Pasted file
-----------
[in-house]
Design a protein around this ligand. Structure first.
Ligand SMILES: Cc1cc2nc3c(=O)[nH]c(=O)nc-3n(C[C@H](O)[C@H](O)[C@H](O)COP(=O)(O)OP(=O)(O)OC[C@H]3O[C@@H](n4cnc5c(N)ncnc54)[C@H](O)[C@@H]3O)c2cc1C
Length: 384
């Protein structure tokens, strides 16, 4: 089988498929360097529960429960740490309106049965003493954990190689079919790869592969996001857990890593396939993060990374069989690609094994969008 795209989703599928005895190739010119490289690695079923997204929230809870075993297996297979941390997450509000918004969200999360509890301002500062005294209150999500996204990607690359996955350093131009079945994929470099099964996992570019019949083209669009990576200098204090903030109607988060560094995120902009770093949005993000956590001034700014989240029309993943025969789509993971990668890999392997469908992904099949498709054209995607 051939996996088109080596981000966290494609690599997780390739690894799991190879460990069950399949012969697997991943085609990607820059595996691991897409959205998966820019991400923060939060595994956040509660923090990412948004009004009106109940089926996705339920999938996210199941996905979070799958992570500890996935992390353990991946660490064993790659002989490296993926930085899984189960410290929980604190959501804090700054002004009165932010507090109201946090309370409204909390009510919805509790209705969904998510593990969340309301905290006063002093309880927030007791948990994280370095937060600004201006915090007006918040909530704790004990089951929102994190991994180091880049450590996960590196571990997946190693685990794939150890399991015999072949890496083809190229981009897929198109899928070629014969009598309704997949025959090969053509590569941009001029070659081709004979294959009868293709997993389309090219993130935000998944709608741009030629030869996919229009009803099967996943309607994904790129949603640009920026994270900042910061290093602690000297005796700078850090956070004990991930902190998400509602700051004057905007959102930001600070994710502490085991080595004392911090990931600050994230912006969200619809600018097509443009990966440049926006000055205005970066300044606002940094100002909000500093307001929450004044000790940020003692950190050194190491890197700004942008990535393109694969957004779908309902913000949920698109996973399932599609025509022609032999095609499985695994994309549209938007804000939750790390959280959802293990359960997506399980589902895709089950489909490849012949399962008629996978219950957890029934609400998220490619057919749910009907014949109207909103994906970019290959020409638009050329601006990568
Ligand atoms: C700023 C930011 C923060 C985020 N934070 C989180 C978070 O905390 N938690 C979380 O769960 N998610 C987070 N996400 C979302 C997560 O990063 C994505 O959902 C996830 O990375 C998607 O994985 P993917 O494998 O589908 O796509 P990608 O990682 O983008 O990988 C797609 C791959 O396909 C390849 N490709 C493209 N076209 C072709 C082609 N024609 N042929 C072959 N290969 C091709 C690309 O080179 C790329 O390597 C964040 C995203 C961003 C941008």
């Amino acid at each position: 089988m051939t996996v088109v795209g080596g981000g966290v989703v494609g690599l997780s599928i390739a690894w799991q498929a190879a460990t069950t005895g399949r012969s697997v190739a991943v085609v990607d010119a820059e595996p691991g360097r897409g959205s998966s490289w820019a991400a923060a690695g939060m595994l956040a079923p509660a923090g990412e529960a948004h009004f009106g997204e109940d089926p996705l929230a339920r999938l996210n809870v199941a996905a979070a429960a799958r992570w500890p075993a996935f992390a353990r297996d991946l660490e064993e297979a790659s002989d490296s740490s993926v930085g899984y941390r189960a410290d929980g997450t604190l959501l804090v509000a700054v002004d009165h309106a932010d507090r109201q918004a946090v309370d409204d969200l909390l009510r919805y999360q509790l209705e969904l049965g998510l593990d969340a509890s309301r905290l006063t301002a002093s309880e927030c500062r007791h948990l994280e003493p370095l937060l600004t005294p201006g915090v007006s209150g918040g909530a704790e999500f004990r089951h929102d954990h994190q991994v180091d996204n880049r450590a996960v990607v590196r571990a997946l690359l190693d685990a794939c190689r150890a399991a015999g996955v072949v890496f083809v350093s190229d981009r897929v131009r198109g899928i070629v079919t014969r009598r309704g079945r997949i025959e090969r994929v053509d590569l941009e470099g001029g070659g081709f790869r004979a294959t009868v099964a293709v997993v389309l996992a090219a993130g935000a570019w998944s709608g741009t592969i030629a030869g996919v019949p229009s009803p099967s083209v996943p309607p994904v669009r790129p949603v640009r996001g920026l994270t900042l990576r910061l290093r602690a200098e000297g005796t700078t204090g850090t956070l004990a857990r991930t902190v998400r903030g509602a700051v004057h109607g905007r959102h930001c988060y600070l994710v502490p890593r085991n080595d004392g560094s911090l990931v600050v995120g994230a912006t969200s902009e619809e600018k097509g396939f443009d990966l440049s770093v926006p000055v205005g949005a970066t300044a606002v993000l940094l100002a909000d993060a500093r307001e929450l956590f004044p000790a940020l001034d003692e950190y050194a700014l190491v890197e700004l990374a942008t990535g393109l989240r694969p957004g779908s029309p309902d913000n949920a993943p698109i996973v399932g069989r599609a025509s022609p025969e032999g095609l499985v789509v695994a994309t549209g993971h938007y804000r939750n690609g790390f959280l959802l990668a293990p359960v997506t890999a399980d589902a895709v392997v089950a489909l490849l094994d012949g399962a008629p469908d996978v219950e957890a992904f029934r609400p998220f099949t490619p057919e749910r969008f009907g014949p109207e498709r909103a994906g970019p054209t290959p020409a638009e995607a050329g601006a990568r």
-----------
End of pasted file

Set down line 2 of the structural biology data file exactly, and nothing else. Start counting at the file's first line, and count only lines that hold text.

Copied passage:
Design a protein around this ligand. Structure first.